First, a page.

President Trump refers to reporter as 'Mr Kurd', and Kurds are delighted
An unexpected remark heard instantly around the world, surprising spectators of the U.S. President Donald Trump addressing Kurdish journalist Rahim Rashidi as "Mr Kurd" during a press conference at the United Nations in New York on Wednesday.
“Yes please, Mr Kurd. Go ahead,” Trump said to Rashidi as he called on him to ask a question about U.S. relations with the Kurds and Iranian influence in the region.
"We're trying to get along very well. We do get along great with the Kurds. We're trying to help them a lot. Don't forget, that's their territory. We have to help them," answered Trump. "I want to help them."
Rahim Rashidi didn’t seem bothered by the reference and thanked Trump for calling on him. Later, Rashidi tweeted that he was "#MrKurd & very proud."
"For POTUS (President Trump's official Twitter account) to refer to me by my Kurdish ethnicity is something I’m very proud of. The Kurdish people are always ignored, so we take a lot of pride in being recognised by our Kurdish identity," the Kurdish reporter said to Euronews on Thursday morning.
During the news conference, Trump's "Mr Kurd" reference followed with a dialogue with another foreign reporter who told the president he was Kurdish, and Trump said, "Good. Good. Great people! Great fighters. I like them a lot."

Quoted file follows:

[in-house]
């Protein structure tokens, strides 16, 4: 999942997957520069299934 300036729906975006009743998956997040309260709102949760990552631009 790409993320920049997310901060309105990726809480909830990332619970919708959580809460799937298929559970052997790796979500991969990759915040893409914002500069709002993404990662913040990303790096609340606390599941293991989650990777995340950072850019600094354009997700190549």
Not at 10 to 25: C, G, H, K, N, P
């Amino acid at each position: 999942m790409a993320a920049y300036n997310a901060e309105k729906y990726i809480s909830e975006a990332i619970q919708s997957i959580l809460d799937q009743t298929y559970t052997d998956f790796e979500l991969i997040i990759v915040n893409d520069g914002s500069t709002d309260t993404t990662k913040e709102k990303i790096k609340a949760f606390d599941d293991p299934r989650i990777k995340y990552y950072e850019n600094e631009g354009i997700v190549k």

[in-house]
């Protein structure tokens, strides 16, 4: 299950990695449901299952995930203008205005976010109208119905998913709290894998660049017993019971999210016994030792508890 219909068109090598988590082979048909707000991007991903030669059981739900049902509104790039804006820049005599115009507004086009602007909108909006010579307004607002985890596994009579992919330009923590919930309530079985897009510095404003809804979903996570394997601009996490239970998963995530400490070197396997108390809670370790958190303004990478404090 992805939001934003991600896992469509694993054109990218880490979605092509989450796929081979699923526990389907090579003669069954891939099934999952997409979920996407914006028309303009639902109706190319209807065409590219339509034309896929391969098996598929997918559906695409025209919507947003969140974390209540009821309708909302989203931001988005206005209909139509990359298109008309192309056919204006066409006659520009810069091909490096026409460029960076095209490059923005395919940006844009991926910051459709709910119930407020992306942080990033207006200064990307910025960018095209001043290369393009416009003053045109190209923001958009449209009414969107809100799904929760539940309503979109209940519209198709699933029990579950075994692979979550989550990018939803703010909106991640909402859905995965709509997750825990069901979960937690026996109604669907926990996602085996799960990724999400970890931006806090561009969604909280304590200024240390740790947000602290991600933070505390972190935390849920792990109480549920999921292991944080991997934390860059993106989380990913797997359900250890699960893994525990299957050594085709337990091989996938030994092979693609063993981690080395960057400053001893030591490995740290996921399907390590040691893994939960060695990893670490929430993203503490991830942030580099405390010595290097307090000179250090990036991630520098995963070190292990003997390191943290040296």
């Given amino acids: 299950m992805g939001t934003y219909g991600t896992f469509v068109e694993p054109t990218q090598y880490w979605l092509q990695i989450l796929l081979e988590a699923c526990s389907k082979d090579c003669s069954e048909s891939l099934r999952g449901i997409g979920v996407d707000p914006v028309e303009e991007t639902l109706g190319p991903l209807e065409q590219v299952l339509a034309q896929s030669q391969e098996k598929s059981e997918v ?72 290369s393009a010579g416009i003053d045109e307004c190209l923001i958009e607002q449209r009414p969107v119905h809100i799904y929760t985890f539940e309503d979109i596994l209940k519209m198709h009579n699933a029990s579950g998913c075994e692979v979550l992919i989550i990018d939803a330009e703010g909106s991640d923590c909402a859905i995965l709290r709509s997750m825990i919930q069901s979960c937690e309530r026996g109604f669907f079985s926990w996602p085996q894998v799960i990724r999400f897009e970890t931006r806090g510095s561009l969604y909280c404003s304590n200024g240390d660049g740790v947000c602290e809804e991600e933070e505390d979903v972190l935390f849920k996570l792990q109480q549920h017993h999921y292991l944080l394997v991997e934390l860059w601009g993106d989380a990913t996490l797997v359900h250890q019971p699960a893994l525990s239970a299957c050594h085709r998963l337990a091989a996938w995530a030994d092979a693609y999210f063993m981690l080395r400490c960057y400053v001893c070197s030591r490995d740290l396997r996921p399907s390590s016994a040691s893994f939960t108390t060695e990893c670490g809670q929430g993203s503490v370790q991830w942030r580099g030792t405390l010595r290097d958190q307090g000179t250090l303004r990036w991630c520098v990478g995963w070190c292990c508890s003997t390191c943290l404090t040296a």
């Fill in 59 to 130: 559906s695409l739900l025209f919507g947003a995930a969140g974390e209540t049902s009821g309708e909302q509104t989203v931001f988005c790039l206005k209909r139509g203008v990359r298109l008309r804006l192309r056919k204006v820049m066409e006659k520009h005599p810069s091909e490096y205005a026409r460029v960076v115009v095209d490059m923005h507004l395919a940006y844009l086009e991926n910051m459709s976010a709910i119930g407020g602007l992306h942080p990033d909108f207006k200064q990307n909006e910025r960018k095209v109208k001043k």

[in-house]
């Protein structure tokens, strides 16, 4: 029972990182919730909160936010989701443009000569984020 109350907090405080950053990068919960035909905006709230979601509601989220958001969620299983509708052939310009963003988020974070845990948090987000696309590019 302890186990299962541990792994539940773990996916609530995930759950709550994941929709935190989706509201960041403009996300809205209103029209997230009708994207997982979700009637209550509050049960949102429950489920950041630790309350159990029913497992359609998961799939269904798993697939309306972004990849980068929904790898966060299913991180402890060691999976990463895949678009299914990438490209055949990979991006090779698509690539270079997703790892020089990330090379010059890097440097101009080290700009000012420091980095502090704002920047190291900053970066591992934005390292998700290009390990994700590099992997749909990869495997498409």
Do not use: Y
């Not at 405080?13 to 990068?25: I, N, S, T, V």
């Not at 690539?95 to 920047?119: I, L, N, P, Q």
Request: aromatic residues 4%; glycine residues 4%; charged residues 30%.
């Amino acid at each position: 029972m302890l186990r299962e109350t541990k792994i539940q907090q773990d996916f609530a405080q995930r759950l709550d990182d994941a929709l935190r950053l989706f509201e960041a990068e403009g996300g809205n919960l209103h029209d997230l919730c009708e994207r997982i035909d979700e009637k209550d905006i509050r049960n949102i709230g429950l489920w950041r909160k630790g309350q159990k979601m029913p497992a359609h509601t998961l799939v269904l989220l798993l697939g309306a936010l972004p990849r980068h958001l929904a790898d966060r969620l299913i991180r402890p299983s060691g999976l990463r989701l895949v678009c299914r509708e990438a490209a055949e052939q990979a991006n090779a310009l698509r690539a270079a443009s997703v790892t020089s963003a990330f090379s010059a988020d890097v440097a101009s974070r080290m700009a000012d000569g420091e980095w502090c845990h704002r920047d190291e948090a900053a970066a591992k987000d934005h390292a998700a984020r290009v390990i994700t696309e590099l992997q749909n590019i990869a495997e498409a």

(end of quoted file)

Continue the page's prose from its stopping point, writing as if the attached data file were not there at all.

The answer from Trump shocked the social media as people wondered whether they had heard the president correctly. The video of the conversation started circulating and “Mr Kurd” began trending on Twitter.
The Kurdish people primarily populate an area of the Middle East straddling Turkey and Iraq, Iran and Syria. Their demands for equal citizenship and autonomy have frequently put them into conflict with the governments of those countries.
In Turkey, the Kurdistan Workers Party (PKK) which has led a four-decade-long insurgency, has been designated a terrorist organisation. On the other hand, in Syria, Kurdish Peoples' Protection Units (YPG), the backbone of the military forces of the U.S.-led coalition, is fighting against the Islamic State (ISIS). Since Turkey considers YPG as Syrian affiliation of the PKK, the U.S. collaboration with the Syrian Kurds caused a meltdown in the diplomatic relations between the two countries.